Stairiker: Country themes isolate listeners

Stairiker explores the often confusing lingo of country music in Tim McGraw’s “Truck Yeah.”

Kevin Stairiker

Kevin StarikerOne of the genres of music that continues to fascinate me is contemporary country music. I don’t listen to it with any sense of regularity, but every time my curiosity gets the best of me, I check out whatever is on the country charts and it’s always interesting at least.

Like listening to most genres of music for an extended period of time, trends start to develop and certain aspects become noticeable and more jarring as time passes. In regards to country music, one of the more apparent trends is how incredibly exclusionary it is.

The knee-jerk reaction to something like this would usually be a very resounding “duh.” Country music is usually derided and defined by its clichés. Just as similar fools would call hip-hop nothing but the glorification of violence and excess, country music is generally shrugged off for, well, being country music.

Unlike hip-hop however, country music artists not only wear that as a sign of pride, but the songs tend to carry a very “if you’re not with us, you’re against us” mentality.

Take a song like Tim McGraw’s “Truck Yeah.” Before doing research for this column, I wasn’t aware that “Truck Yeah” was a song, and I certainly hope it’s not a real thing that real people say.

At the onset, the song thunders in with a bellowing AC/DC-style riff, but then remembers by the chorus that it is, in fact, a Tim McGraw song, so the necessary background banjo and fiddle are thrown in. The lyrics are a literal laundry list of what it means to be “country proud,” including, but not limited to: watching football, drinking beer and going to church on Sunday.

By the time the chorus is nearly finished, McGraw is putting all of his cards on the table.

“If you think this life I love is a little too country — truck yeah.” Despite “truck yeah” not really being an appropriate response to that proposition, it begs the question: Who is McGraw talking to?

I would be willing to bet that outside of ardent country music listeners and asinine music columnists, no one is listening to this song. What is the point of addressing country music haters that aren’t listening?

One of the many “Truck Yeah” — author’s note: I will never tire of typing that — related YouTube videos was a similarly proud song called “Where I Come From” by the duo Montgomery Gentry. I had thought Montgomery Gentry was simply one impossibly-named man, but a quick Wiki search proved me wrong.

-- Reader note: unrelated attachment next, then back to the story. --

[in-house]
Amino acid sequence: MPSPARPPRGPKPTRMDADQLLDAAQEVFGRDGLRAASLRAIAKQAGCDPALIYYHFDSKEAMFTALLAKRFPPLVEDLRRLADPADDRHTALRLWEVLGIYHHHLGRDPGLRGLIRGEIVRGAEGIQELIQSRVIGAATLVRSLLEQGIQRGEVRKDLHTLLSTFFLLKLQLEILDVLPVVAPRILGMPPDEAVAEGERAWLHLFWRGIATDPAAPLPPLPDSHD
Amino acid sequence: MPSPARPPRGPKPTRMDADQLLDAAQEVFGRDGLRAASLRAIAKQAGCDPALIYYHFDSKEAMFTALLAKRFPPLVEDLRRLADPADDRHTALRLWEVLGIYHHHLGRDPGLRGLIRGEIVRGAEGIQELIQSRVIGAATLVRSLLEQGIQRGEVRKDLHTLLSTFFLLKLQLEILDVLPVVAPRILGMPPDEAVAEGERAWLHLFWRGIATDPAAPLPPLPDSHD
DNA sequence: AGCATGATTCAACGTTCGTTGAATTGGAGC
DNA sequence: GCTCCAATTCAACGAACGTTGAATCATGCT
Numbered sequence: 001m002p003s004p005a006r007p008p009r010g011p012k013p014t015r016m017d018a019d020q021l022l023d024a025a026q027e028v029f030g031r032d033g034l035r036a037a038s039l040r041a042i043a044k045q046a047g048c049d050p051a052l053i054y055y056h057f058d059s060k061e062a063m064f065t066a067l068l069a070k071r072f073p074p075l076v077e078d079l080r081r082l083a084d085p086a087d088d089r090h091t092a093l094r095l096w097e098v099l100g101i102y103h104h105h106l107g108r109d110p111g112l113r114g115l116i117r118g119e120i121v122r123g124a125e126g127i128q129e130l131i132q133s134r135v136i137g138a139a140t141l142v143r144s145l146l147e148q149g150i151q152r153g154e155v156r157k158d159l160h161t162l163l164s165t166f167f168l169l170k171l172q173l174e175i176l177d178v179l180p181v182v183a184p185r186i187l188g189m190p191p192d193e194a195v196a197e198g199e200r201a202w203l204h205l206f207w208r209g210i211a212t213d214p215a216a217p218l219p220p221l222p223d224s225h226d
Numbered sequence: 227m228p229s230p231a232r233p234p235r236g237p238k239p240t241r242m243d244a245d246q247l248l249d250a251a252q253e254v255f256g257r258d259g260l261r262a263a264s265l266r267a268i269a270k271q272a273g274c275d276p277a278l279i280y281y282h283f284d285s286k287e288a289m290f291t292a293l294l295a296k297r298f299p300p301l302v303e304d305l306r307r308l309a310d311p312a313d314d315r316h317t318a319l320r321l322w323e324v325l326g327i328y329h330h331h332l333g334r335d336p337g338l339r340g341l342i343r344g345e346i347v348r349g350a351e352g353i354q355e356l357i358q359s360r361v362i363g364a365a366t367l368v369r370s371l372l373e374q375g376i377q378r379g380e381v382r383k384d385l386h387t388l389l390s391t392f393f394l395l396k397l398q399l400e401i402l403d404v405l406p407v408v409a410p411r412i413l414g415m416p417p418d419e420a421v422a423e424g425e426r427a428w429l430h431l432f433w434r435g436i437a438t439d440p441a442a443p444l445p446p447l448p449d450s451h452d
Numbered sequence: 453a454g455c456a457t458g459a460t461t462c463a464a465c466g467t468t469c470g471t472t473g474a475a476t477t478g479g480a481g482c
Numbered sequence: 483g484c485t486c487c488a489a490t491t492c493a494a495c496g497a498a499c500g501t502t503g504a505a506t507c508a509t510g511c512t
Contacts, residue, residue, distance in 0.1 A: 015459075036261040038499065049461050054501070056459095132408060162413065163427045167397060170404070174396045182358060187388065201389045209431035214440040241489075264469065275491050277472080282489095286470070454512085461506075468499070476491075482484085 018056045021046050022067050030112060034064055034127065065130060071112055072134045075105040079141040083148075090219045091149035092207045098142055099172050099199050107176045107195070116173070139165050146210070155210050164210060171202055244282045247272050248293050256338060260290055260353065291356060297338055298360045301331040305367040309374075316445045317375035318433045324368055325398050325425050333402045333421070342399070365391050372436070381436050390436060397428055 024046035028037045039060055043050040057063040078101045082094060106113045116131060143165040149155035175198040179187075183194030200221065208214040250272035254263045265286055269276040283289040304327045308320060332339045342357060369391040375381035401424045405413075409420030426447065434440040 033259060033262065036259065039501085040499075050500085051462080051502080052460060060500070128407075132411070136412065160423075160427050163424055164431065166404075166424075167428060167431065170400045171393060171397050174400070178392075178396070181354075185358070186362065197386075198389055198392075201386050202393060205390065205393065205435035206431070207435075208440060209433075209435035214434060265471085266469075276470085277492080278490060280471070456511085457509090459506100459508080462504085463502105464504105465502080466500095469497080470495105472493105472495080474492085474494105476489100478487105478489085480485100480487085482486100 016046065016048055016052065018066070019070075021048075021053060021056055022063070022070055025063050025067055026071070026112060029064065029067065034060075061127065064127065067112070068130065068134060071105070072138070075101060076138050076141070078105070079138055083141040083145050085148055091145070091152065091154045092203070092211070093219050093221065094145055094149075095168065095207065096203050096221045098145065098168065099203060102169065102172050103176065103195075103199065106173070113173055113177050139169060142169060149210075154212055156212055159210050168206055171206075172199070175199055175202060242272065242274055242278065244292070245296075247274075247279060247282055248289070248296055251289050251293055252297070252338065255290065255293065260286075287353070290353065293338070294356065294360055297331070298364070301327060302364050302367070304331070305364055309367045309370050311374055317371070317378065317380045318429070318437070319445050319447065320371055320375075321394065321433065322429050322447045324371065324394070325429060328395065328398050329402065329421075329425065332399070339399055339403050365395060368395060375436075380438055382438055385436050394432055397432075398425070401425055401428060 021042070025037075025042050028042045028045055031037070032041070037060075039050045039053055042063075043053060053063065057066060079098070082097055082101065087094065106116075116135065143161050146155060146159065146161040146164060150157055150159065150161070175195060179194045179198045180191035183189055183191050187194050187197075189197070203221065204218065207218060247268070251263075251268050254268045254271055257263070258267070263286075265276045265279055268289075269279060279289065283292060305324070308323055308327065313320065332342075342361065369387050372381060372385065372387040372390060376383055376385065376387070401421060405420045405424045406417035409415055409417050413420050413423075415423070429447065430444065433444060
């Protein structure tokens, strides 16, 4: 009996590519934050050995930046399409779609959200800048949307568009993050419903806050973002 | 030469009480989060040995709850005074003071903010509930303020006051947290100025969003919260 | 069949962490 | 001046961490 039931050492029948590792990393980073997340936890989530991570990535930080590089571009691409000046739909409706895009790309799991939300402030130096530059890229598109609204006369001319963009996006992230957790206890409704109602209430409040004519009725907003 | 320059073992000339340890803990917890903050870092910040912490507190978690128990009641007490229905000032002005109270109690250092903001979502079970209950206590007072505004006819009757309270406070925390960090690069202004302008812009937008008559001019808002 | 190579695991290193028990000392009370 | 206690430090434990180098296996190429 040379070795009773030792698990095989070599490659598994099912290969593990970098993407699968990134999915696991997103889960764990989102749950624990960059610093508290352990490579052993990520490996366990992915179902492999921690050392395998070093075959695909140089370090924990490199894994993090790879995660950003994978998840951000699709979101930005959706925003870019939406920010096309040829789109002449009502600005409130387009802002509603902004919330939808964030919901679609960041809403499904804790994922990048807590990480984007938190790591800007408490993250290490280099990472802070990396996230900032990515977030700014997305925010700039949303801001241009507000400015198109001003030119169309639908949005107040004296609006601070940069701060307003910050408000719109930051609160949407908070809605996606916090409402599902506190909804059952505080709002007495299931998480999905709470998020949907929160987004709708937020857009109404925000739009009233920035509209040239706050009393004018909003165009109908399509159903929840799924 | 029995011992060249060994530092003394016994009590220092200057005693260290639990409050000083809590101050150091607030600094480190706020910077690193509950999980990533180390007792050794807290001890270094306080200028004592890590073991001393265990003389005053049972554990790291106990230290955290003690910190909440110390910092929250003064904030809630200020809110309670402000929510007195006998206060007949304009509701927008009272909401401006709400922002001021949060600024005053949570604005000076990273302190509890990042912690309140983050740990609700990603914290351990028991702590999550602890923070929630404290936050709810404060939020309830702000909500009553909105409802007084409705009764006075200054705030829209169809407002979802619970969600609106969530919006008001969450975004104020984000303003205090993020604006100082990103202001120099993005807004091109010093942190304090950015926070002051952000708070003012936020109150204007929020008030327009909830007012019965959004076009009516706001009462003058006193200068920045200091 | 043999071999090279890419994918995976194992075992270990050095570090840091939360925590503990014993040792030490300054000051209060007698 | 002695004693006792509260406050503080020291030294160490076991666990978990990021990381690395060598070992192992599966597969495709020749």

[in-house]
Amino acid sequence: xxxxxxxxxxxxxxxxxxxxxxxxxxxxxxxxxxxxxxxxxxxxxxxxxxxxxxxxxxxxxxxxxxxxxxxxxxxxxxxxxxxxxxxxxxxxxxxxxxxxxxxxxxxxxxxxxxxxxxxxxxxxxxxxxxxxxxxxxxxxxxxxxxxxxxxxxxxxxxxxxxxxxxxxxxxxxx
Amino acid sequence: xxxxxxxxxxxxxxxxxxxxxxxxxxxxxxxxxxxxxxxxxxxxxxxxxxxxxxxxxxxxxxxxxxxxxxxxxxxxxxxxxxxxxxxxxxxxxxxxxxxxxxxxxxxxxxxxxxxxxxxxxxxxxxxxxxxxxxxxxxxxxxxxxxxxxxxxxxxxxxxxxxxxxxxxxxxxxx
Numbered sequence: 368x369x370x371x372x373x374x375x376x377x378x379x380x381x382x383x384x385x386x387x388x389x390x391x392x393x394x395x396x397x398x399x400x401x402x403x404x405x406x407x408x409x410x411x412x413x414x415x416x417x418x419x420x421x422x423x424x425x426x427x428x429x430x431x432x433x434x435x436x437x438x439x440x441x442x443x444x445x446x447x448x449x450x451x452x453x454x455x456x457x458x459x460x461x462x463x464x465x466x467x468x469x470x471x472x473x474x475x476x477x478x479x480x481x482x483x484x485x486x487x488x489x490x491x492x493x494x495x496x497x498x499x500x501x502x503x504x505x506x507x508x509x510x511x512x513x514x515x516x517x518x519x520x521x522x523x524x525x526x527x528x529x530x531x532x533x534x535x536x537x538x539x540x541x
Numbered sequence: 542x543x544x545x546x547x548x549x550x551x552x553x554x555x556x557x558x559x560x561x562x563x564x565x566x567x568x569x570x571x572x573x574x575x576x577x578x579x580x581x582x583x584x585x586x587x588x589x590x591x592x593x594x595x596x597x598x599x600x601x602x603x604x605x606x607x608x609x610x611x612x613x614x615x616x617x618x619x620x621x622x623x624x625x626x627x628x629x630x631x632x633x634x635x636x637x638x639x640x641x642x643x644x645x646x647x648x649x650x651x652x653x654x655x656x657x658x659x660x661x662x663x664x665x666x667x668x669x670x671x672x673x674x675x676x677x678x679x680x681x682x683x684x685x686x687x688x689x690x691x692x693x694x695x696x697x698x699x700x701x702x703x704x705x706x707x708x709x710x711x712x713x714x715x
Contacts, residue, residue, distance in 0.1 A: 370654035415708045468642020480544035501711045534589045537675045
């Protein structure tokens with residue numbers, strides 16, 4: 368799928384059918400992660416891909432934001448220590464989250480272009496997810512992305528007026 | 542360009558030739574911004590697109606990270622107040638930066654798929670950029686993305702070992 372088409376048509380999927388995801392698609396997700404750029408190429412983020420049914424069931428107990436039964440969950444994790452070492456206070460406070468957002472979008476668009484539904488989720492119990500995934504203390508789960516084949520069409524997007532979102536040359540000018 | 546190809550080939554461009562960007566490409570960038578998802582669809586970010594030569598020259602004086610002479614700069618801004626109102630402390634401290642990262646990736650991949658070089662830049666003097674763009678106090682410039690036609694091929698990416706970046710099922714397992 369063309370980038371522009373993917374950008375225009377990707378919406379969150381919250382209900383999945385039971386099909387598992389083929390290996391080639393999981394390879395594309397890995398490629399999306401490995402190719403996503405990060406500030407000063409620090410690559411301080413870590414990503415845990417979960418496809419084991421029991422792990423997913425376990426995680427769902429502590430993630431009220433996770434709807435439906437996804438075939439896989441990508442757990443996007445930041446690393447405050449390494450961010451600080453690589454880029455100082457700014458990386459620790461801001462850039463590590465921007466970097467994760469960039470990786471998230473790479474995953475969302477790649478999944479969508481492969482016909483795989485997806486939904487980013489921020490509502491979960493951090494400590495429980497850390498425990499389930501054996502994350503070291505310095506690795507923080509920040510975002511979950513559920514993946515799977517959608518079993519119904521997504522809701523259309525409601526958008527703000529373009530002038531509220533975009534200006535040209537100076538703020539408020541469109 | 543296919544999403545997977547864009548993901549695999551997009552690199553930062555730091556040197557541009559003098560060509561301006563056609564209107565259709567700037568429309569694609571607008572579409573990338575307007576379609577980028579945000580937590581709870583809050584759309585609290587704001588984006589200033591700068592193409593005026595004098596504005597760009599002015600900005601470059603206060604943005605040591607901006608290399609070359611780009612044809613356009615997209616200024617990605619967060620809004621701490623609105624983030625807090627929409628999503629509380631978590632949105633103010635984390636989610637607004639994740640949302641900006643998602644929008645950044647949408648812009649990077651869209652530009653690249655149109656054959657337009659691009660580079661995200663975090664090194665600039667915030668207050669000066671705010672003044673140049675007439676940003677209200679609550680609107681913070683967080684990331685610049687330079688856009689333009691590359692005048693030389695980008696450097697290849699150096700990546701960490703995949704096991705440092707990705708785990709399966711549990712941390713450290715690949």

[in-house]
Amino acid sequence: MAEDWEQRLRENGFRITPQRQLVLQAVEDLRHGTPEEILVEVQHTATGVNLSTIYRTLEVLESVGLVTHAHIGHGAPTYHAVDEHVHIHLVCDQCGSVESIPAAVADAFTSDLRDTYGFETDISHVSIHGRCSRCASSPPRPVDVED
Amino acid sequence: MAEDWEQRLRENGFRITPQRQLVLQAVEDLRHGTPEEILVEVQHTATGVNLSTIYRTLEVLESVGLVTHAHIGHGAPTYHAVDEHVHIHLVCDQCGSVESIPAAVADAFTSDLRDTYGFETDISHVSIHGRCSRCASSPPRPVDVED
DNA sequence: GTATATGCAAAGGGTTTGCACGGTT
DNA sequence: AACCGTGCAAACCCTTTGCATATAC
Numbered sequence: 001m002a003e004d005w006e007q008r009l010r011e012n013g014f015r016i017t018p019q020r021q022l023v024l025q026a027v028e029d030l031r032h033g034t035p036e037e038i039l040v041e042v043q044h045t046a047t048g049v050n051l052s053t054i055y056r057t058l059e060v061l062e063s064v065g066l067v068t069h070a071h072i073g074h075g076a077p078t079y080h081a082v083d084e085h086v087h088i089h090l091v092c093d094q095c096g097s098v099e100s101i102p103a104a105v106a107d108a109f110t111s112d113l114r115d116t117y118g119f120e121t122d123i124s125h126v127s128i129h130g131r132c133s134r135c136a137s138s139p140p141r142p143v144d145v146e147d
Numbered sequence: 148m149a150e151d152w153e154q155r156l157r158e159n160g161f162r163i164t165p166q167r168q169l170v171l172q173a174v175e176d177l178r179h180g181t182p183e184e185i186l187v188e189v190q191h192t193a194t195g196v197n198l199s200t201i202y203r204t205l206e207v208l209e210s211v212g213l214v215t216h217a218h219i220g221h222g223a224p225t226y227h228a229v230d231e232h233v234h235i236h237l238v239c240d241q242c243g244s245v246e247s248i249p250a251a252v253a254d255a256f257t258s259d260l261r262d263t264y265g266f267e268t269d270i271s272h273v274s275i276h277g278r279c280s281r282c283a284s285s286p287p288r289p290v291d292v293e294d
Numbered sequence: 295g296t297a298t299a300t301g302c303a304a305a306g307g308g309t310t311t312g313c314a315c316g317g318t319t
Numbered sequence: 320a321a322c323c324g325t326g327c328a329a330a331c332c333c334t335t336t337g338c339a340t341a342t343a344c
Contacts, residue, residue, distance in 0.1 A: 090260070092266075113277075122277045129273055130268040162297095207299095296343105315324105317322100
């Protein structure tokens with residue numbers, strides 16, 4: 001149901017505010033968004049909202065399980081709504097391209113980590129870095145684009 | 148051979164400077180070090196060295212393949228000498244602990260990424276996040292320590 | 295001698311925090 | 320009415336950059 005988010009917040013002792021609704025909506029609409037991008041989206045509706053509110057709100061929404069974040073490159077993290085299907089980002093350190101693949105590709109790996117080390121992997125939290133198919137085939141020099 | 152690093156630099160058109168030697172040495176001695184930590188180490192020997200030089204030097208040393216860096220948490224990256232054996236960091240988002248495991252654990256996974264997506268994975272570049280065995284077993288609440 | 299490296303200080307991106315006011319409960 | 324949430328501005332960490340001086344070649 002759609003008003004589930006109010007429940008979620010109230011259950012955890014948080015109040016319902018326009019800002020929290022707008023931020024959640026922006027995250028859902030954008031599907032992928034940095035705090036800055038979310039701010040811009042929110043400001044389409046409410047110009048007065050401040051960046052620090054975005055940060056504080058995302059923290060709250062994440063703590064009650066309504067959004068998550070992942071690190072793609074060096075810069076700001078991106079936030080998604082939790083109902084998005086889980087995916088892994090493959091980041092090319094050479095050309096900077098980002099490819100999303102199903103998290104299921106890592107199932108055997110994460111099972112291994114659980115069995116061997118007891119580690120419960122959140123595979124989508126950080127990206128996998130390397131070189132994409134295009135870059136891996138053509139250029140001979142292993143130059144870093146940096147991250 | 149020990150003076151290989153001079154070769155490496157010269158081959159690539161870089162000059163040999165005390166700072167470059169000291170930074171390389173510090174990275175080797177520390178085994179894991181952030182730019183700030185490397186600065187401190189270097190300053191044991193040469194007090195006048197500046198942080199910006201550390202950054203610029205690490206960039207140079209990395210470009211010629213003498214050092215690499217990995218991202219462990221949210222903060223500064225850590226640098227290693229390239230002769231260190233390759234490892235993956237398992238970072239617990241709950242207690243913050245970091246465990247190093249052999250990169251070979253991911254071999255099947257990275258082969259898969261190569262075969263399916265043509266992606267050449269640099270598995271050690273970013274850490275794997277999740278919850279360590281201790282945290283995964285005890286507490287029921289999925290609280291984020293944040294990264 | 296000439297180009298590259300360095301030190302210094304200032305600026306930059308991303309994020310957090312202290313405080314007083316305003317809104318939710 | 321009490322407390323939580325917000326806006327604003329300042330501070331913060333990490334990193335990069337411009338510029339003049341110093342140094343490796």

Right off the bat, the protagonist of the song is on the defensive, angrily telling the listener to not dare insult his upbringing and in return, he won’t “cuss” our “city lights.” This brings to the forefront one of the obvious reasons for the divide between country music fans and non-fans. The cliché of country music fans only living in rural areas while “everyone else” lives in a glossy city setting is a vastly outdated concept, especially when you consider that the upper echelon of country musicians play to large crowds in those same huge cities when they tour.

Listening to music in 2012 means that you don’t have to live in a specific setting or be in a certain tax bracket to truly understand or appreciate the music, hence why I was able to so thoroughly enjoy “Watch the Throne.” There aren’t any other genres of music I know of that so adamantly and confidently shun people that aren’t fans in the songs themselves.

Because the lyrics are already so defensive, it makes those people who simply don’t like the music appear even worse for disliking it, further growing the weird divide.

Of course, it pays handsomely to be a country musician, which is why there have been so many successful crossover artists in the past few years. Why is it that someone like Lionel Richie gets a free pass into “Countryland”?

Though born in Alabama, Richie’s musical output was never anywhere close to country music, yet when he released his strange all-country-tinged duets album earlier this year, it went platinum. It’s currently the second best-selling album of the year behind that British female singer whose name I can’t remember. The album sold largely based on big names such as Shania Twain and Willie Nelson, and also that it was pimped to an absurd amount in Wal-Mart and on the Home Shopping Network.

Other than hip-hop, country music is one of the best music-related businesses to be in. It’s always been a strange and foreign beast to me, and on paper, it still makes no sense whatsoever.

There are millions of untold people that feverishly listen to country and brashly echo the sentiments of songs like “Truck Yeah.” Is that why the only people that I know personally who listen to country are coincidentally people who I wish I didn’t know personally?

Still, there simply is no other genre of music where the fans overwhelmingly buy the music they listen to. Could this be why the artists are so fiercely defensive about the people that listen?

Appealing to the base is one of the basic tenets of being popular in anything, and country music does it better than most political candidates. One day it’ll all make sense, but until then, I’ll keep my respectful distance.

5 Johnny Cash songs about murder:

“Delia’s Gone”
“Cocaine Blues”
“Folsom Prison Blues”
“Don’t Take Your Guns to Town”
“Austin Prison”

Kevin Stairiker can be reached at

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